officials from the hassle of a lawsuit. See Pearson v. Callahan, 555 U.S. 223, 231 (2009)
(“Qualified immunity balances two important interests—the need to hold public officials
accountable when they exercise power irresponsibly and the need to shield officials from
harassment, distraction, and liability when they perform their duties reasonably.”).
A plaintiff has the burden of showing that the official’s violation of law was not reasonable,
i.e., a plaintiff must show that precedent gave clear notice to the official that his or her
contemplated action would violate the Constitution. See Barton v. Martin, 949 F.3d 938, 950 (6th
Cir. 2020). In this case, that means that Beausoleil and Scholl must show that precedent placed the
unconstitutionality of each defendant’s conduct “beyond debate.” See Ryan v. Blackwell, 979 F.3d
519, 527 (6th Cir. 2020). Beausoleil and Scholl can “meet [their] burden . . . by presenting caselaw
Case 2:18-cv-13139-LJM-DRG ECF No. 69, PageID.1449 Filed 02/17/21 Page 21 of 46
with a fact pattern similar enough to have given fair and clear warning to officers about what the
law requires.” Vanderhoef v. Dixon, 938 F.3d 271, 278 (6th Cir. 2019) (internal quotation marks
One of the three elements of Beausoleil and Scholl’s claim is not disputed by the parties.
(See ECF No. 57, PageID.496–505; ECF No. 61, PageID.720.) Laughlin’s sexual abuse of
Beausoleil and Scholl is “objectively, sufficiently serious” harm for purposes of the Eighth
Amendment. Rafferty v. Trumbull Cty., Ohio, 915 F.3d 1087, 1095 (6th Cir. 2019) (“Federal courts
have long held that sexual abuse is sufficiently serious to violate the Eighth Amendment.”); Boddie
v. Schnieder, 105 F.3d 857, 861 (2d Cir. 1997) (“[T]here can be no doubt that severe or repetitive
sexual abuse of an inmate by a prison officer can be ‘objectively, sufficiently serious’ enough to
constitute an Eighth Amendment violation.”), quoted with approval in Jackson v. Madery, 158 F.
App’x 656, 662 (6th Cir. 2005).
And while not all verbal harassment of a prisoner is cruel and unusual, the repetitive and
sexually explicit remarks alleged in this case are sufficiently serious for an Eighth Amendment
claim. See Rafferty, 915 F.3d at 1095 (“[The corrections officer’s] repeated demands that [the
prisoner] expose her breasts and masturbate are ‘sufficiently serious’ to implicate the Eighth
Amendment under settled case law from the Supreme Court, this Circuit, and numerous other
courts of appeals.”).
So the dispute in this case centers on the other two elements of an Eighth Amendment
claim: (1) whether the prison official inferred a substantial risk of serious harm and, if so, (2)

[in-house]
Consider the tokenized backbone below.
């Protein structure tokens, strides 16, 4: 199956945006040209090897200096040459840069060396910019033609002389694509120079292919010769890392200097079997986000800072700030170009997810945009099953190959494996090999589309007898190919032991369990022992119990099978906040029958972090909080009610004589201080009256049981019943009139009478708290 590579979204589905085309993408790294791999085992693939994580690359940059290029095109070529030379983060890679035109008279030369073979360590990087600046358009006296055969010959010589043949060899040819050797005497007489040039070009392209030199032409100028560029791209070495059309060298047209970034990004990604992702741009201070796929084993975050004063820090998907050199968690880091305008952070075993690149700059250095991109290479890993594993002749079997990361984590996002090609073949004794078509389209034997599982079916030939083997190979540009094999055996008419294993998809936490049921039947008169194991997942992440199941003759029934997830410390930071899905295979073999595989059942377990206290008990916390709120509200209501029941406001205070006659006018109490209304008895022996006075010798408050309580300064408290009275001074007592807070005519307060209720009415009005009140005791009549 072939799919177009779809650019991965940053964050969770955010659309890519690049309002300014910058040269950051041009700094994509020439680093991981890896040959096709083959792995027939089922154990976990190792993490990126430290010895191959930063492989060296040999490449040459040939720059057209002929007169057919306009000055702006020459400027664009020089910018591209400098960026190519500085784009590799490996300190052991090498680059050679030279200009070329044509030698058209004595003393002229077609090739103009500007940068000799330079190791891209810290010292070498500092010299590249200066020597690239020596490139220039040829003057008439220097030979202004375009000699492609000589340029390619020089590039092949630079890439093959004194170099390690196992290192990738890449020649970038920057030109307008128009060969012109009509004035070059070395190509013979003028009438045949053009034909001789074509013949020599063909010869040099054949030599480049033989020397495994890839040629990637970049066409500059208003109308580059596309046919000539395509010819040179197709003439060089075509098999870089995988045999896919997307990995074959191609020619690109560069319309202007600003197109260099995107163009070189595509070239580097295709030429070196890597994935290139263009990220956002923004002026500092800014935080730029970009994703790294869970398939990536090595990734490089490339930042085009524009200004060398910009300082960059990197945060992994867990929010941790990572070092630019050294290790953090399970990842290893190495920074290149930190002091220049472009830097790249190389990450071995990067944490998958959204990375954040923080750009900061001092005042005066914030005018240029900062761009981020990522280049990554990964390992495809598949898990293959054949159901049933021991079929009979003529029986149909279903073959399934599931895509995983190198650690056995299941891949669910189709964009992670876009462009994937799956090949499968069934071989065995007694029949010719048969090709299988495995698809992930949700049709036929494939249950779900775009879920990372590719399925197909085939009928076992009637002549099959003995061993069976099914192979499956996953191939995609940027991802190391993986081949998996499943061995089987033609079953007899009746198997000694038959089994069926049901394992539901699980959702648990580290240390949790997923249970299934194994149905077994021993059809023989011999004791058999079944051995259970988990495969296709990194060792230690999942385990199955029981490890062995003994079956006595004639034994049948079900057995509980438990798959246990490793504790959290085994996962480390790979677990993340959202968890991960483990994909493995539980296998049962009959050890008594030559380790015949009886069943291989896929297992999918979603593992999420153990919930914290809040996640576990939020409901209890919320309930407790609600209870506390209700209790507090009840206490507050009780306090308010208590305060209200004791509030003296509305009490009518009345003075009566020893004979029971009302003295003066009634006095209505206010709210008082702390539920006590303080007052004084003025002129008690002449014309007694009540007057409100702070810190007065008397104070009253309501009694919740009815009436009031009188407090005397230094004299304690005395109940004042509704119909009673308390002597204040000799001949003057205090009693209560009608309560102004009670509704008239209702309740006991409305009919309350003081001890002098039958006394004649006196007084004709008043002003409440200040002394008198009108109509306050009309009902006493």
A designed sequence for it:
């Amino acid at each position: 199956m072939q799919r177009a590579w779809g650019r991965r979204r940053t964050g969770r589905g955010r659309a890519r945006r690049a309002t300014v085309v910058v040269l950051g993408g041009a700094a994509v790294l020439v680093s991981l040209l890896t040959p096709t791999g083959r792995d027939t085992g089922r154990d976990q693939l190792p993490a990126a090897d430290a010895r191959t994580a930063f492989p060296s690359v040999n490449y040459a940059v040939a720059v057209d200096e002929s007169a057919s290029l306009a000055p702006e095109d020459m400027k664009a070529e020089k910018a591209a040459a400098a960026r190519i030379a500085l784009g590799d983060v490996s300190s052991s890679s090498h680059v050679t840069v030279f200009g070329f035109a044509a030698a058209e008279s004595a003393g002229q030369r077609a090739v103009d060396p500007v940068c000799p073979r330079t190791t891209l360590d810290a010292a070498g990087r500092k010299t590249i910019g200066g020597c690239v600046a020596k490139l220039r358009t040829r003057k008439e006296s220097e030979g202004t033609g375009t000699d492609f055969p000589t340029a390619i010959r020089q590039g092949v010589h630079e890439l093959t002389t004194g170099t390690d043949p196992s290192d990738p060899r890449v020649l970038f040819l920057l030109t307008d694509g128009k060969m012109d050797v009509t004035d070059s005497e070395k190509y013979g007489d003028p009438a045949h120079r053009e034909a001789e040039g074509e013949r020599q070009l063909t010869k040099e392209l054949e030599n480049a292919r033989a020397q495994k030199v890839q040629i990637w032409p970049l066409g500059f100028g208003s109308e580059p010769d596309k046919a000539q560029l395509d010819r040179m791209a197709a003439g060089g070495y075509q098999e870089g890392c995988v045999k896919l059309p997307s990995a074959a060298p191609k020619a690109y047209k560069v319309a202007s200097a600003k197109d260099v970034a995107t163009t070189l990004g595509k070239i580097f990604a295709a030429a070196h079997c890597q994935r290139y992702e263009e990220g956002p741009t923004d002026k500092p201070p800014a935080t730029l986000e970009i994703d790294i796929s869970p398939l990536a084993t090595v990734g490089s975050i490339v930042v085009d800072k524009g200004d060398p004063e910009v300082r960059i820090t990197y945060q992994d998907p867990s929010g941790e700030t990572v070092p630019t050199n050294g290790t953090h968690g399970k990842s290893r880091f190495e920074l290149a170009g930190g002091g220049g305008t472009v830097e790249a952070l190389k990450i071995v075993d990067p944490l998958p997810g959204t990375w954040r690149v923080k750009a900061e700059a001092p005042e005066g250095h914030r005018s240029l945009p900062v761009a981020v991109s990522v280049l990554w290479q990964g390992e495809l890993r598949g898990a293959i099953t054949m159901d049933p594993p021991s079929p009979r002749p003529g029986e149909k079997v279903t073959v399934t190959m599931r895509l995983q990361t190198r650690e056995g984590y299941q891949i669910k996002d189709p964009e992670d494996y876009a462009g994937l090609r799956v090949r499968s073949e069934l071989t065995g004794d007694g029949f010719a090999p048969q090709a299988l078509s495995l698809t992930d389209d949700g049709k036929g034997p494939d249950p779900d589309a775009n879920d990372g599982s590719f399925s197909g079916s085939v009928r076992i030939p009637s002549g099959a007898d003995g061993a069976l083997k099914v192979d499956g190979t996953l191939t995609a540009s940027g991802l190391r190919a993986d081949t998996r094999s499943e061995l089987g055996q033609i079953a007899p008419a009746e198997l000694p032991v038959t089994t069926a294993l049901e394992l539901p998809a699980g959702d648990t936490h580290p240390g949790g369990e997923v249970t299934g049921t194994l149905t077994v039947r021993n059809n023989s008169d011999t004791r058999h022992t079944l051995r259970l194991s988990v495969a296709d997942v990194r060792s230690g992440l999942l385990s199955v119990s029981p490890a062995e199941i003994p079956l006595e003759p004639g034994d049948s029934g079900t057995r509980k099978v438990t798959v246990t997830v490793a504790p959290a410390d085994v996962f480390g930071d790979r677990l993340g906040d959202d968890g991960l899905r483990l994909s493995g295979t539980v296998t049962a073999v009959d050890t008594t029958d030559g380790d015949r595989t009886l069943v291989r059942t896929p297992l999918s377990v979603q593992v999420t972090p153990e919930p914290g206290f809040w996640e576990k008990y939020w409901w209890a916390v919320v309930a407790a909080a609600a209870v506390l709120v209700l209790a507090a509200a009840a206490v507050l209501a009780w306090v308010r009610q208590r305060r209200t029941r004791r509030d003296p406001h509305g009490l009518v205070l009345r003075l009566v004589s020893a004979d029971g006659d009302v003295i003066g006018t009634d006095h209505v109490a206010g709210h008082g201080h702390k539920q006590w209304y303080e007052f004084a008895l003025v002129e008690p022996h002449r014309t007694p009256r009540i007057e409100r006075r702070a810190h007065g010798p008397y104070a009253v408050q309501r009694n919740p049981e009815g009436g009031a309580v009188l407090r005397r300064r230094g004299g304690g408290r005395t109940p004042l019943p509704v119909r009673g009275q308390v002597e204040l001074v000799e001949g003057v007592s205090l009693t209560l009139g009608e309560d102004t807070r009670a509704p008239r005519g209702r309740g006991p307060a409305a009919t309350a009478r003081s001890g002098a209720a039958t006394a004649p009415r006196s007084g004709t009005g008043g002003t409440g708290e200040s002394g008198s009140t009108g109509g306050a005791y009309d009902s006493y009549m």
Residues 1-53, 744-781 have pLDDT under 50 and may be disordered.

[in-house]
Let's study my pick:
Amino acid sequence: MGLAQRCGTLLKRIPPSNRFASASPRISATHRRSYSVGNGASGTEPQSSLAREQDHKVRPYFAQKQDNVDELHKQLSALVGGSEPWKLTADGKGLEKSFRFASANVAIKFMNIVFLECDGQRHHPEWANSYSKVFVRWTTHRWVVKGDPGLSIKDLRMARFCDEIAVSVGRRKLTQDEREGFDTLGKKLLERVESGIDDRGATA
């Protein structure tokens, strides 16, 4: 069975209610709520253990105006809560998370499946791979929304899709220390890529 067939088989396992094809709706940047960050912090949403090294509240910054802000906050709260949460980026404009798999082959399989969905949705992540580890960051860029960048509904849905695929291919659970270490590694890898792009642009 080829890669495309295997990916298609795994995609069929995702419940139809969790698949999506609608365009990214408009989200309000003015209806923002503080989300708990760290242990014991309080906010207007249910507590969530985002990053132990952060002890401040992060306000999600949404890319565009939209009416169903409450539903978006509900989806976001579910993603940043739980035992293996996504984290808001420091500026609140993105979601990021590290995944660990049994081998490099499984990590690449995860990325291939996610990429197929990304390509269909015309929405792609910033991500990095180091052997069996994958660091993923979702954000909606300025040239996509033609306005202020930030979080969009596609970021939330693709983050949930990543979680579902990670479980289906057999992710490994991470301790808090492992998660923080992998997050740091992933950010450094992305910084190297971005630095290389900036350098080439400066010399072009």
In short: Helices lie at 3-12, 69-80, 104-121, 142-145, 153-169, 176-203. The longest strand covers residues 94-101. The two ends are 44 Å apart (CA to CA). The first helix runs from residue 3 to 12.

whether he or she responded reasonably to that inference. Because the first question examines a
prison official’s state of mind, and because the second question examines the official’s actions,
Case 2:18-cv-13139-LJM-DRG ECF No. 69, PageID.1450 Filed 02/17/21 Page 22 of 46
each of the defendant’s liability must be assessed separately. See Rouster v. Cty. of Saginaw, 749
F.3d 437, 447 (6th Cir. 2014).
The Court starts with Moore. Recall that Moore was the Business Manager of WHV and
in charge of warehouse operations. (ECF No. 61-26, PageID.995.) Although Howard directly
supervised Laughlin, Moore was either Howard’s direct supervisor or, at times, there was an
Assistant Business Manager between her and Howard. (ECF No. 61-26, PageID.999, 1026.)
A reasonable jury could find that Moore inferred that there was a substantial risk that
Laughlin was sexually abusing female prisoners. To start, Moore was aware of the history of male
staff sexually abusing female prisoners, including the Neal litigation. (ECF No. 61-26,
PageID.1017.) And she was aware that there were times when Laughlin would supervise female
prisoners. (ECF No. 61-26, PageID.1015.) More importantly though, Moore received kites in
February, July, and August 2017 that explicitly stated that Laughlin was engaged in sexual
misconduct. The February 2017 kite stated, “Norm flirts always with so many girls and is
inappropriate he opens their bags to play and makes very flirtatious comments to them which I
have seen and heard. Just watch the cameras on store day.” (ECF No. 61-18, PageID.871.) The
July 2017 kite stated that Laughlin would “caress [a female prisoner] hard and show his
overfamiliarness to her.” (ECF No. 61-18, PageID.865.) The July kite also suggested that
Laughlin’s sexual misconduct was widespread: “[T]he girls in Unit 2 always brag that Norm is
their boyfriend. He constantly flirts with the girls in Unit 2. They say on the walkway that they
pleasure themselves when Norm comes. They bend over to expose their cleavage and he loves it.”
(ECF No. 61-18, PageID.865.) And in August 2017, Moore received a kite that stated, “This kite
needs to be dealt with immediately. Prisoner [DH] is currently hav[ing] a relationship with a male
Case 2:18-cv-13139-LJM-DRG ECF No. 69, PageID.1451 Filed 02/17/21 Page 23 of 46
store keeper—‘Norm.’ Sex is involved.” (ECF No. 61-18, PageID.861.) Given these kites about
Laughlin’s sexual misconduct with prisoners, a reasonable jury could find that Moore inferred that
there was a substantial risk that Laughlin was sexually abusing prisoners.
That said, portions of Moore’s testimony suggest that while she should have inferred a
substantial risk of sexual abuse, she, personally, did not draw the inference. See Farmer, 511 U.S.